What is Big Think?  

We are Big Idea Hunters…

We live in a time of information abundance, which far too many of us see as information overload. With the sum total of human knowledge, past and present, at our fingertips, we’re faced with a crisis of attention: which ideas should we engage with, and why? Big Think is an evolving roadmap to the best thinking on the planet — the ideas that can help you think flexibly and act decisively in a multivariate world.

A word about Big Ideas and Themes — The architecture of Big Think

Big ideas are lenses for envisioning the future. Every article and video on bigthink.com and on our learning platforms is based on an emerging “big idea” that is significant, widely relevant, and actionable. We’re sifting the noise for the questions and insights that have the power to change all of our lives, for decades to come. For example, reverse-engineering is a big idea in that the concept is increasingly useful across multiple disciplines, from education to nanotechnology.

Themes are the seven broad umbrellas under which we organize the hundreds of big ideas that populate Big Think. They include New World Order, Earth and Beyond, 21st Century Living, Going Mental, Extreme Biology, Power and Influence, and Inventing the Future.

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Big Think’s contributors offer expert analysis of the big ideas behind the news.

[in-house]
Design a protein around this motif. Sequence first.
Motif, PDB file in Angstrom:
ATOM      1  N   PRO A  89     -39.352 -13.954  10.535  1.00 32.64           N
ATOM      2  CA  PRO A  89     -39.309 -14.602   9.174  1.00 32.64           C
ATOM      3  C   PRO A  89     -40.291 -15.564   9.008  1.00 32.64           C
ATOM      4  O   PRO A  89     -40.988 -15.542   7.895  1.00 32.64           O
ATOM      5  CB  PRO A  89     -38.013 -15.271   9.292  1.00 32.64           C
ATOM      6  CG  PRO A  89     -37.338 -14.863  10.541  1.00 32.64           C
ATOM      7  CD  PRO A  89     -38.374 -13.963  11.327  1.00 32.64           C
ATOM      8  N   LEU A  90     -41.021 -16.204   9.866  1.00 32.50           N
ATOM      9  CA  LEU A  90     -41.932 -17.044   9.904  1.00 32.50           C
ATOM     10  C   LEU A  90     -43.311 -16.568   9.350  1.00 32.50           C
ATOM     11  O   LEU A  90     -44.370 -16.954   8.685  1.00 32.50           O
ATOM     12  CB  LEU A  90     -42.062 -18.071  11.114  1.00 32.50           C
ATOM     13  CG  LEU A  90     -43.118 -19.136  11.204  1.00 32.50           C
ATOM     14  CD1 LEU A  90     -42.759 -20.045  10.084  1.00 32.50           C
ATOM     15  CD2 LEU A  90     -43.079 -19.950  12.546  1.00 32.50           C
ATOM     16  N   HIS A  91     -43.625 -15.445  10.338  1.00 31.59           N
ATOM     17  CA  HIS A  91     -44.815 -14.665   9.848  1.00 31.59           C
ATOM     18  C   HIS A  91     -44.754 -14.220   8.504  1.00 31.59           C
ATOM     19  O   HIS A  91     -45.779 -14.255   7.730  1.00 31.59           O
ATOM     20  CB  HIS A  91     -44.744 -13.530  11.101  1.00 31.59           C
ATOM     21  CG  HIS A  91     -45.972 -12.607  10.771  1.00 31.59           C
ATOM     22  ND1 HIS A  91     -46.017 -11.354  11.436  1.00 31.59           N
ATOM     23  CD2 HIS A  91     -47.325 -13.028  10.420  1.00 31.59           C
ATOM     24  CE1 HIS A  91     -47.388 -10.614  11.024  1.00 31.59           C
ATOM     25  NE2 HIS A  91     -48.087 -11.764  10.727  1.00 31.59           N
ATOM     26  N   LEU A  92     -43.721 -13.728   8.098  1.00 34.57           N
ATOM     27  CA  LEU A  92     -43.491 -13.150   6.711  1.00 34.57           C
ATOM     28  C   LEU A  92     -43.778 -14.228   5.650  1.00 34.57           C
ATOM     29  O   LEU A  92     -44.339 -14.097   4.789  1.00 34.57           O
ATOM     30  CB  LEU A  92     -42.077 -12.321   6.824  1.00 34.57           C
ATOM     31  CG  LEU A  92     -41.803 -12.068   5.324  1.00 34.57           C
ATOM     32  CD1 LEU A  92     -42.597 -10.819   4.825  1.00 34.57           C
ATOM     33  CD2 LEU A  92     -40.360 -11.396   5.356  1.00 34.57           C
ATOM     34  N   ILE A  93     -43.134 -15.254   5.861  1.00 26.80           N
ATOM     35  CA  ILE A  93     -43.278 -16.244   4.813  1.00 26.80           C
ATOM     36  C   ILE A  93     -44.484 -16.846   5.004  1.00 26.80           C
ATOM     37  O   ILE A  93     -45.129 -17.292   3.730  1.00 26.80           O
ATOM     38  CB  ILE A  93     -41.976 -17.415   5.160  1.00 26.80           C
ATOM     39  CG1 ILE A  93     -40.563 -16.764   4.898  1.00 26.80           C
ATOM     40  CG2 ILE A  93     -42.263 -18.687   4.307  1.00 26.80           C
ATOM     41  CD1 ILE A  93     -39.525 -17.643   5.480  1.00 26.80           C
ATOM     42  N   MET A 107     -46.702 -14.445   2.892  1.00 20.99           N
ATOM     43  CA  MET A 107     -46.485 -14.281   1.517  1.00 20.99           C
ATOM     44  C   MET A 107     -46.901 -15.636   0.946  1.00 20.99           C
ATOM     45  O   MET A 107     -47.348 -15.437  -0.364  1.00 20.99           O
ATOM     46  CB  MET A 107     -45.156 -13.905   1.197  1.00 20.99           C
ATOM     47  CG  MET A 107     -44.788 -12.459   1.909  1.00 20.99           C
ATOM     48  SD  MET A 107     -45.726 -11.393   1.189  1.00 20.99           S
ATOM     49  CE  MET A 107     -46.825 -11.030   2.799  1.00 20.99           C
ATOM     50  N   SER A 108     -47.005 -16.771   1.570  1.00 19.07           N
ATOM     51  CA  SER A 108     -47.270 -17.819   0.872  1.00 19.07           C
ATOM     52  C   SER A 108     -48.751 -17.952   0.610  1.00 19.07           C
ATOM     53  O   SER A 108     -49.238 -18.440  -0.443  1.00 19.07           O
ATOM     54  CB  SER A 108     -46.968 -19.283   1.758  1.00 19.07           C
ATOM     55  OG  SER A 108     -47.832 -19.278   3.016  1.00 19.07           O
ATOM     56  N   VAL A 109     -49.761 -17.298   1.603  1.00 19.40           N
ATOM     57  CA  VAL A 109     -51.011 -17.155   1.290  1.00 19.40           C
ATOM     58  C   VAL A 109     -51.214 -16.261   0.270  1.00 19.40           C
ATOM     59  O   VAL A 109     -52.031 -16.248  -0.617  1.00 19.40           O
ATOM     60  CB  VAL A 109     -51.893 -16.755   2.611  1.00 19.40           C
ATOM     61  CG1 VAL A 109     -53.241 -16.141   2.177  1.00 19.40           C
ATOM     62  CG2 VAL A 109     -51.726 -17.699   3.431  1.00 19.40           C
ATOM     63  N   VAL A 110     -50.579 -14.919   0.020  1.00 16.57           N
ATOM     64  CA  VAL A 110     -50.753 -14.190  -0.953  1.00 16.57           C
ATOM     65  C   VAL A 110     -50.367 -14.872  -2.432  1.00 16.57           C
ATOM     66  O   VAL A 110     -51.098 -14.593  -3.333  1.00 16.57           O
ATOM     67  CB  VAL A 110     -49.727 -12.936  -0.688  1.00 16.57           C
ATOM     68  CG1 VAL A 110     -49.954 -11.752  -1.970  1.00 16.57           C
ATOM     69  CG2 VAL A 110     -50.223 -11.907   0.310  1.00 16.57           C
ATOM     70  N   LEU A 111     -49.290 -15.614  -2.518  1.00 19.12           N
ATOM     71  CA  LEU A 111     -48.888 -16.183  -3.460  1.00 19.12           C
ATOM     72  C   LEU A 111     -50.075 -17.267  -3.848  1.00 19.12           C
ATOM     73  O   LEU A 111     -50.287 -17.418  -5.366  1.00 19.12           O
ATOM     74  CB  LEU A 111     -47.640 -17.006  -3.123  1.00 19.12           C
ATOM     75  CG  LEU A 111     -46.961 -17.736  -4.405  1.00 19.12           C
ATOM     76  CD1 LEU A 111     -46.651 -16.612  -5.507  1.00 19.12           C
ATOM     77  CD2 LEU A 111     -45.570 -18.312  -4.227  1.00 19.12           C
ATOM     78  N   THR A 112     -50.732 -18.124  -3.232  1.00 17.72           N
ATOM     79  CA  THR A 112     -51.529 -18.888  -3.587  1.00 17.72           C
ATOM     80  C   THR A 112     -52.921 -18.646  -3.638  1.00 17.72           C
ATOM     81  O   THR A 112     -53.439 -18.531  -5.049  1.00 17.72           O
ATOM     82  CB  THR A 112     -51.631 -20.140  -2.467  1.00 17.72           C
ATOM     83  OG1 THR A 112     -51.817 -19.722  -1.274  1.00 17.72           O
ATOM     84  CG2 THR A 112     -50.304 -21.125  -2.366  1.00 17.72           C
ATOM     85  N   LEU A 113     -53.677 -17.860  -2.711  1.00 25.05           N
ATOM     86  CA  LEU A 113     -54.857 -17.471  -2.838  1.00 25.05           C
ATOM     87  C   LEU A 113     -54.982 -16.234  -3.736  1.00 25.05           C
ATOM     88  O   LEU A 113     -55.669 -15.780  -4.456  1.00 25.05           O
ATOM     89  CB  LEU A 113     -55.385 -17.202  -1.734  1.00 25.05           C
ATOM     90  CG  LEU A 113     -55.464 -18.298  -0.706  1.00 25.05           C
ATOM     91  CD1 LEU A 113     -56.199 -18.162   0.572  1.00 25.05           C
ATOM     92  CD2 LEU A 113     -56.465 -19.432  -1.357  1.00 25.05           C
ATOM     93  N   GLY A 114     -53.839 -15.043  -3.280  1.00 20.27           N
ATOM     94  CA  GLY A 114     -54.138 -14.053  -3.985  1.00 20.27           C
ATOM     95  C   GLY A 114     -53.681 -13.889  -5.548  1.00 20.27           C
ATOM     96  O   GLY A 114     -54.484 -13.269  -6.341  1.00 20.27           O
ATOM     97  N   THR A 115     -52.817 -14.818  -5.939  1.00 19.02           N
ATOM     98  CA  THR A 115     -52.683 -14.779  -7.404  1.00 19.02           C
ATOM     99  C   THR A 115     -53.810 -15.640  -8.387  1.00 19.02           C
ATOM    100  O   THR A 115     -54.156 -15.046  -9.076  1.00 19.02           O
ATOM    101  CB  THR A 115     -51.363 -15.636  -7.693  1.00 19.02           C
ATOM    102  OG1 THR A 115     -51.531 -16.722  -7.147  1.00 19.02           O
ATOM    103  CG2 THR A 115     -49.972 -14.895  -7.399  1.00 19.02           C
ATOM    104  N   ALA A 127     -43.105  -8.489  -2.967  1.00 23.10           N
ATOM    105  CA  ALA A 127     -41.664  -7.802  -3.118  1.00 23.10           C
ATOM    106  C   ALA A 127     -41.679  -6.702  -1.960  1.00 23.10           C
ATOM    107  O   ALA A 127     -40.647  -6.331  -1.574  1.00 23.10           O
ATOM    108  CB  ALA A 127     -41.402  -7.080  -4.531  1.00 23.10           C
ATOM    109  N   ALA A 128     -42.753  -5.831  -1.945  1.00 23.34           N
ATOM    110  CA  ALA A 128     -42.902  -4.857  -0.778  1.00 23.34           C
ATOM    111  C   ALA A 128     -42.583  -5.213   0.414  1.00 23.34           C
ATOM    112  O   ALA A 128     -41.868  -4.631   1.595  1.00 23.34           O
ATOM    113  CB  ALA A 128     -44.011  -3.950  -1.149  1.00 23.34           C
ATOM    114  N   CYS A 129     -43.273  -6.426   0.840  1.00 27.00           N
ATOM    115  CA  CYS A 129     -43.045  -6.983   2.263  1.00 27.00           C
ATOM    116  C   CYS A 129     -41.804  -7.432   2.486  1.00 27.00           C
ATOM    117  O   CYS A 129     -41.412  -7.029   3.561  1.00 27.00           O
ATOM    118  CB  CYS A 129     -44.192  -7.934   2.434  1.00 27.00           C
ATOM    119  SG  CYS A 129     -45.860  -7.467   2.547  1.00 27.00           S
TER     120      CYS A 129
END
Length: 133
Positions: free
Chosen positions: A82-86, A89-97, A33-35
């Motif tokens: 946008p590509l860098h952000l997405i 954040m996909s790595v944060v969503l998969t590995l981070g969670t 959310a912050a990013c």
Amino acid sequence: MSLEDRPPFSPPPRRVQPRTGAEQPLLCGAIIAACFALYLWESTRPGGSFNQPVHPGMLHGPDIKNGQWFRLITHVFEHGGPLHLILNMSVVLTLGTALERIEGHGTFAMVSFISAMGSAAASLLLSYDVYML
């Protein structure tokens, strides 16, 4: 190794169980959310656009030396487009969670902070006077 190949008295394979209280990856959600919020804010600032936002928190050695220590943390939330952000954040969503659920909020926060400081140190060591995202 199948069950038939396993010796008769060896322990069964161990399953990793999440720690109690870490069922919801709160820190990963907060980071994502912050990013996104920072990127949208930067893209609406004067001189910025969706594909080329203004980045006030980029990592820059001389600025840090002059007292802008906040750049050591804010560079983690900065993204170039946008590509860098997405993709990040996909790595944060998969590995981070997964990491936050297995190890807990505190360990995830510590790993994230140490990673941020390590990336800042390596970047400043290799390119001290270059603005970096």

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IdeaFeed Posts

Big ideas in the news from around the web

IdeaFeed

Martian Chronicles

Missing
over 4 years ago

"We do really have a lot of evidence pointing in the direction of life on Mars," says astrobiologist Dirk Schulze-Makuch. "I think it’s actually more scientifically outrageous to think that Mars is and always has been sterile." He argues that we need another ambitious mission to Mars to find the ...

IdeaFeed

All About the Benjamins

Missing
over 4 years ago

The United States Treasury has unveiled a redesigned $100 bill, which includes a 3-D security ribbon that contains images of bells and 100s that move and change from one to the other as handlers tilt the note. The changes "are aimed at thwarting counterfeiters armed with ever-more sophisticated ...

IdeaFeed

Obama's Certificate

Missing
over 4 years ago

"The 'birther' myth is the political equivalent of a horror-movie villain: Not only does it refuse to die, but every time someone tries to kill it, it only comes back stronger," writes Christopher Beam. "The latest incarnation: a bill approved 31-22 by the Arizona House of Representatives on Monday ...

IdeaFeed

Versus the Volcano

Missing
over 4 years ago

"What if [the Eyjafjallajokull ash cloud] is in fact not just a minor volcanic hiccup, but the beginning of an event that causes in time a mass extinction of some form of earthbound life?" asks Simon Winchester. "And further, since we know from the history books that the massive eruption of ...

IdeaFeed

Fat Hurts the Brain

Missing
over 4 years ago

Several studies have concluded that obesity accelerates the process of dementia. People who are overweight in their 40s are more likely to show a rapid, pronounced decline in brain function in their 70s. And even among young people, the overweight tend to have significantly lower gray-matter ...

IdeaFeed

Environmental Placebos?

Missing
over 4 years ago